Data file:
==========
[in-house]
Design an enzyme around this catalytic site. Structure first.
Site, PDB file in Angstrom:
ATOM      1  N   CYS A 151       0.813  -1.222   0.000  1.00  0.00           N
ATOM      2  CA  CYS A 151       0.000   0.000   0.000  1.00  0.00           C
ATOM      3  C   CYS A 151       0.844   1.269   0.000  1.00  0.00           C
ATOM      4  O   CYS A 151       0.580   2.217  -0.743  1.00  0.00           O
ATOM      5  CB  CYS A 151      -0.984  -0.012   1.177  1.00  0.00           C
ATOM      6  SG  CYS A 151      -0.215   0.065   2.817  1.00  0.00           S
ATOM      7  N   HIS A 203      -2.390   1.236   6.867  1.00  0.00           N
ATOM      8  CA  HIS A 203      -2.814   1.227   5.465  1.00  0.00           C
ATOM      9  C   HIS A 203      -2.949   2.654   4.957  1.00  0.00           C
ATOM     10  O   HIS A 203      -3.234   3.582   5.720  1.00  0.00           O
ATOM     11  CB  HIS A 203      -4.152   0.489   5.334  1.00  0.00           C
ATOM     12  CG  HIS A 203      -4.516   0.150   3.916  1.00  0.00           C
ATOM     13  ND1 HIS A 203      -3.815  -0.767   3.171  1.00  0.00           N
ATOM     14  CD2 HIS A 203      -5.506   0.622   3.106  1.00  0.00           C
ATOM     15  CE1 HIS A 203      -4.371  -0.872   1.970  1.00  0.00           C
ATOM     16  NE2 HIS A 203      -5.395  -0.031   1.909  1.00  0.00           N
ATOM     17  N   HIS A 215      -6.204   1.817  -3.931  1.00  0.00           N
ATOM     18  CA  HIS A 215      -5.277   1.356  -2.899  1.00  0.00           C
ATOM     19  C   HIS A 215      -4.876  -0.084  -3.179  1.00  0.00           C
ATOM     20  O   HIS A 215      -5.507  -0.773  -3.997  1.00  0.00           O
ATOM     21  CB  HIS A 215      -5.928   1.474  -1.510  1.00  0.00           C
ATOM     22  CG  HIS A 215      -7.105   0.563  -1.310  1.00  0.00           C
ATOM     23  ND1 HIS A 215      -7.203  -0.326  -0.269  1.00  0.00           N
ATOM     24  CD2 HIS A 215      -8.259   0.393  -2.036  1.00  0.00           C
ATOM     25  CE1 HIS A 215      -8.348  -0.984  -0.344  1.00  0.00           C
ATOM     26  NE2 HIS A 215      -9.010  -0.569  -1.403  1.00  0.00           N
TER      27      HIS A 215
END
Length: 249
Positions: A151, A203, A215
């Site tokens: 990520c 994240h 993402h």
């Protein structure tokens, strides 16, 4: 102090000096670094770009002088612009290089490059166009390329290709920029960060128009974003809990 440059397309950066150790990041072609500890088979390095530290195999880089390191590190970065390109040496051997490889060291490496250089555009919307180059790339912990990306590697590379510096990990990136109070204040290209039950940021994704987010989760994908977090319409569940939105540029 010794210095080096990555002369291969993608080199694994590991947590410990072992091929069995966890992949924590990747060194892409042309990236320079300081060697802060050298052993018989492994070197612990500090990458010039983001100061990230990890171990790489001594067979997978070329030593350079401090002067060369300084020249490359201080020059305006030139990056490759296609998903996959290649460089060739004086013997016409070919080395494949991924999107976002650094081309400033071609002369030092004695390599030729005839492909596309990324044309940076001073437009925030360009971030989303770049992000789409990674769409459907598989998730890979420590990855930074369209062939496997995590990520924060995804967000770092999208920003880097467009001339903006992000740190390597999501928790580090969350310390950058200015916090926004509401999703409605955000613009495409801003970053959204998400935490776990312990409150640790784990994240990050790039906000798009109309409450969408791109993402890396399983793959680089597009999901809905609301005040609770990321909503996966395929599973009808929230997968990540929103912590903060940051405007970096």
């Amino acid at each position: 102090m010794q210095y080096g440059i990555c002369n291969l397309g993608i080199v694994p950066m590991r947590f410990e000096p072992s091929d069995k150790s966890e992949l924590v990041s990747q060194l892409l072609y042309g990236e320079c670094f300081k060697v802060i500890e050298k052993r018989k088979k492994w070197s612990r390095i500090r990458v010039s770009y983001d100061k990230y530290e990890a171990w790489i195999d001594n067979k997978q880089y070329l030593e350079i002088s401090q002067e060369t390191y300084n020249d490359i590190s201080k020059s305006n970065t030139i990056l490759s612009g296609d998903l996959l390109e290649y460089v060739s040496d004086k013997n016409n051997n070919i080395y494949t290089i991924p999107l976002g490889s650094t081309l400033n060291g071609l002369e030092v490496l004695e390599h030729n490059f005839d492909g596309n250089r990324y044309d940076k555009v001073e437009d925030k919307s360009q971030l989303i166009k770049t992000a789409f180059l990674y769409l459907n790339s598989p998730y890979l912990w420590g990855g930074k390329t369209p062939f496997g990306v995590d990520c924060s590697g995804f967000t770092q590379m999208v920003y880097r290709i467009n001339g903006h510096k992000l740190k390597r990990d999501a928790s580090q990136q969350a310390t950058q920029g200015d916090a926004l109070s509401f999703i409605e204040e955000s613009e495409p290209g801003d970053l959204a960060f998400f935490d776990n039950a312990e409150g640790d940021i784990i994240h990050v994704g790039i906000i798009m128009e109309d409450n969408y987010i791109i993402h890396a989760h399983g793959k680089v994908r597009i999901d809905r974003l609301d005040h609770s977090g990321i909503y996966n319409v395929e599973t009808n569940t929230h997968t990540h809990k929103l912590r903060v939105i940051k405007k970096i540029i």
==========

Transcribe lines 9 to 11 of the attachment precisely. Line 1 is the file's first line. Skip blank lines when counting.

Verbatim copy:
ATOM      6  SG  CYS A 151      -0.215   0.065   2.817  1.00  0.00           S
ATOM      7  N   HIS A 203      -2.390   1.236   6.867  1.00  0.00           N
ATOM      8  CA  HIS A 203      -2.814   1.227   5.465  1.00  0.00           C